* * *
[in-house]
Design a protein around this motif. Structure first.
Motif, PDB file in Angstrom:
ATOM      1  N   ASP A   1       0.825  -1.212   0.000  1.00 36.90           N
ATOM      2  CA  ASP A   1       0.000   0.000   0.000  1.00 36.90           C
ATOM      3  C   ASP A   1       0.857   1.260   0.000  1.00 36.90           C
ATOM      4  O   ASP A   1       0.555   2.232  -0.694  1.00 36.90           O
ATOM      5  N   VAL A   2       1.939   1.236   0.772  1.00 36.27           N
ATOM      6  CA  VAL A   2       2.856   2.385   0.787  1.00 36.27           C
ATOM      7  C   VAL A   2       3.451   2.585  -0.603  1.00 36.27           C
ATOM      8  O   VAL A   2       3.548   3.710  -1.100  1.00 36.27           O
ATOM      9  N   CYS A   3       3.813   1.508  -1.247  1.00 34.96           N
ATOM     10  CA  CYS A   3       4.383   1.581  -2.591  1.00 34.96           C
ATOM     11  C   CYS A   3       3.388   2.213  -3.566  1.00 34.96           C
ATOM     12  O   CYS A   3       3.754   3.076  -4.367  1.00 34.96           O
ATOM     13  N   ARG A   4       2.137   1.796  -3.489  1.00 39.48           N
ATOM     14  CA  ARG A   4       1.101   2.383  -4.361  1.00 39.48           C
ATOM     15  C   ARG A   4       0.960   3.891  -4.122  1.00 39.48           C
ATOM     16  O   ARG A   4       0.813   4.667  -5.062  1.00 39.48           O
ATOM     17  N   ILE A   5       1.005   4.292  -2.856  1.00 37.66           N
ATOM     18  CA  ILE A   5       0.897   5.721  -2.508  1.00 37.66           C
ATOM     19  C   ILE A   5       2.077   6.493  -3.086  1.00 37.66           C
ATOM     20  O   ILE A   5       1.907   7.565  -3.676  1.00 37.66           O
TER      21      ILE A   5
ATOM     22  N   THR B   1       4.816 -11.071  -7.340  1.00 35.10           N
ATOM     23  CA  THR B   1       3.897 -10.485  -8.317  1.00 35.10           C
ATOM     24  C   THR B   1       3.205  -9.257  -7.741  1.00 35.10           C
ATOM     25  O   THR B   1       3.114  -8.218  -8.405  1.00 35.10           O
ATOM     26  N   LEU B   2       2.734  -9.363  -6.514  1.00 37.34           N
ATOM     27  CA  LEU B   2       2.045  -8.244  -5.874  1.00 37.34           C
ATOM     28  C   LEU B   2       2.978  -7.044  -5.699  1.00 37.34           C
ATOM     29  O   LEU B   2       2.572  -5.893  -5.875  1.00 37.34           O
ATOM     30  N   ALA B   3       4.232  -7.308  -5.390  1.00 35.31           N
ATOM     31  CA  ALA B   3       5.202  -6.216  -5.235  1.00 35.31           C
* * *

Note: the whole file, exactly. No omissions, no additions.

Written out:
[in-house]
Design a protein around this motif. Structure first.
Motif, PDB file in Angstrom:
ATOM      1  N   ASP A   1       0.825  -1.212   0.000  1.00 36.90           N
ATOM      2  CA  ASP A   1       0.000   0.000   0.000  1.00 36.90           C
ATOM      3  C   ASP A   1       0.857   1.260   0.000  1.00 36.90           C
ATOM      4  O   ASP A   1       0.555   2.232  -0.694  1.00 36.90           O
ATOM      5  N   VAL A   2       1.939   1.236   0.772  1.00 36.27           N
ATOM      6  CA  VAL A   2       2.856   2.385   0.787  1.00 36.27           C
ATOM      7  C   VAL A   2       3.451   2.585  -0.603  1.00 36.27           C
ATOM      8  O   VAL A   2       3.548   3.710  -1.100  1.00 36.27           O
ATOM      9  N   CYS A   3       3.813   1.508  -1.247  1.00 34.96           N
ATOM     10  CA  CYS A   3       4.383   1.581  -2.591  1.00 34.96           C
ATOM     11  C   CYS A   3       3.388   2.213  -3.566  1.00 34.96           C
ATOM     12  O   CYS A   3       3.754   3.076  -4.367  1.00 34.96           O
ATOM     13  N   ARG A   4       2.137   1.796  -3.489  1.00 39.48           N
ATOM     14  CA  ARG A   4       1.101   2.383  -4.361  1.00 39.48           C
ATOM     15  C   ARG A   4       0.960   3.891  -4.122  1.00 39.48           C
ATOM     16  O   ARG A   4       0.813   4.667  -5.062  1.00 39.48           O
ATOM     17  N   ILE A   5       1.005   4.292  -2.856  1.00 37.66           N
ATOM     18  CA  ILE A   5       0.897   5.721  -2.508  1.00 37.66           C
ATOM     19  C   ILE A   5       2.077   6.493  -3.086  1.00 37.66           C
ATOM     20  O   ILE A   5       1.907   7.565  -3.676  1.00 37.66           O
TER      21      ILE A   5
ATOM     22  N   THR B   1       4.816 -11.071  -7.340  1.00 35.10           N
ATOM     23  CA  THR B   1       3.897 -10.485  -8.317  1.00 35.10           C
ATOM     24  C   THR B   1       3.205  -9.257  -7.741  1.00 35.10           C
ATOM     25  O   THR B   1       3.114  -8.218  -8.405  1.00 35.10           O
ATOM     26  N   LEU B   2       2.734  -9.363  -6.514  1.00 37.34           N
ATOM     27  CA  LEU B   2       2.045  -8.244  -5.874  1.00 37.34           C
ATOM     28  C   LEU B   2       2.978  -7.044  -5.699  1.00 37.34           C
ATOM     29  O   LEU B   2       2.572  -5.893  -5.875  1.00 37.34           O
ATOM     30  N   ALA B   3       4.232  -7.308  -5.390  1.00 35.31           N
ATOM     31  CA  ALA B   3       5.202  -6.216  -5.235  1.00 35.31           C